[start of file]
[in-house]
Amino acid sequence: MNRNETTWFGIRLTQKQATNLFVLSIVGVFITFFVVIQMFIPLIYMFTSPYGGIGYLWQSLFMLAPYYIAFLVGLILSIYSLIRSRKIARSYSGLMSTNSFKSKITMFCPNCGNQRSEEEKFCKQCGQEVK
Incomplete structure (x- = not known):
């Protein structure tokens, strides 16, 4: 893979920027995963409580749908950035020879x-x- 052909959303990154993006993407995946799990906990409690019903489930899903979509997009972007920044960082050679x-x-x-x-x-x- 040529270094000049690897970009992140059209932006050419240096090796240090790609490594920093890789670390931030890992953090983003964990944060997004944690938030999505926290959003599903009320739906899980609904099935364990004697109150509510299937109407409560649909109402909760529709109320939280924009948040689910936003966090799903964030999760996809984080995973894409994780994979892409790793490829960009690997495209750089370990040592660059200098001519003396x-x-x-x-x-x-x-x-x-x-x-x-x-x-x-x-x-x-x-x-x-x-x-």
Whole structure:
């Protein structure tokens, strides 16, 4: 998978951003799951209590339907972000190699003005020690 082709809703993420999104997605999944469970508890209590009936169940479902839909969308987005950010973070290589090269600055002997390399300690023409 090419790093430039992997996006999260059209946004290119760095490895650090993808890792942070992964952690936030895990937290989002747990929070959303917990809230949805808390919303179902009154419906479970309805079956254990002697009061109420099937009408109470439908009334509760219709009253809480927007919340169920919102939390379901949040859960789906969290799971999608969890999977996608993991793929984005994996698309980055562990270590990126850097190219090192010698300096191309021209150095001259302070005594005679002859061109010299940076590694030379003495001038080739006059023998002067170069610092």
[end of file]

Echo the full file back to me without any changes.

[in-house]
Amino acid sequence: MNRNETTWFGIRLTQKQATNLFVLSIVGVFITFFVVIQMFIPLIYMFTSPYGGIGYLWQSLFMLAPYYIAFLVGLILSIYSLIRSRKIARSYSGLMSTNSFKSKITMFCPNCGNQRSEEEKFCKQCGQEVK
Incomplete structure (x- = not known):
């Protein structure tokens, strides 16, 4: 893979920027995963409580749908950035020879x-x- 052909959303990154993006993407995946799990906990409690019903489930899903979509997009972007920044960082050679x-x-x-x-x-x- 040529270094000049690897970009992140059209932006050419240096090796240090790609490594920093890789670390931030890992953090983003964990944060997004944690938030999505926290959003599903009320739906899980609904099935364990004697109150509510299937109407409560649909109402909760529709109320939280924009948040689910936003966090799903964030999760996809984080995973894409994780994979892409790793490829960009690997495209750089370990040592660059200098001519003396x-x-x-x-x-x-x-x-x-x-x-x-x-x-x-x-x-x-x-x-x-x-x-």
Whole structure:
């Protein structure tokens, strides 16, 4: 998978951003799951209590339907972000190699003005020690 082709809703993420999104997605999944469970508890209590009936169940479902839909969308987005950010973070290589090269600055002997390399300690023409 090419790093430039992997996006999260059209946004290119760095490895650090993808890792942070992964952690936030895990937290989002747990929070959303917990809230949805808390919303179902009154419906479970309805079956254990002697009061109420099937009408109470439908009334509760219709009253809480927007919340169920919102939390379901949040859960789906969290799971999608969890999977996608993991793929984005994996698309980055562990270590990126850097190219090192010698300096191309021209150095001259302070005594005679002859061109010299940076590694030379003495001038080739006059023998002067170069610092």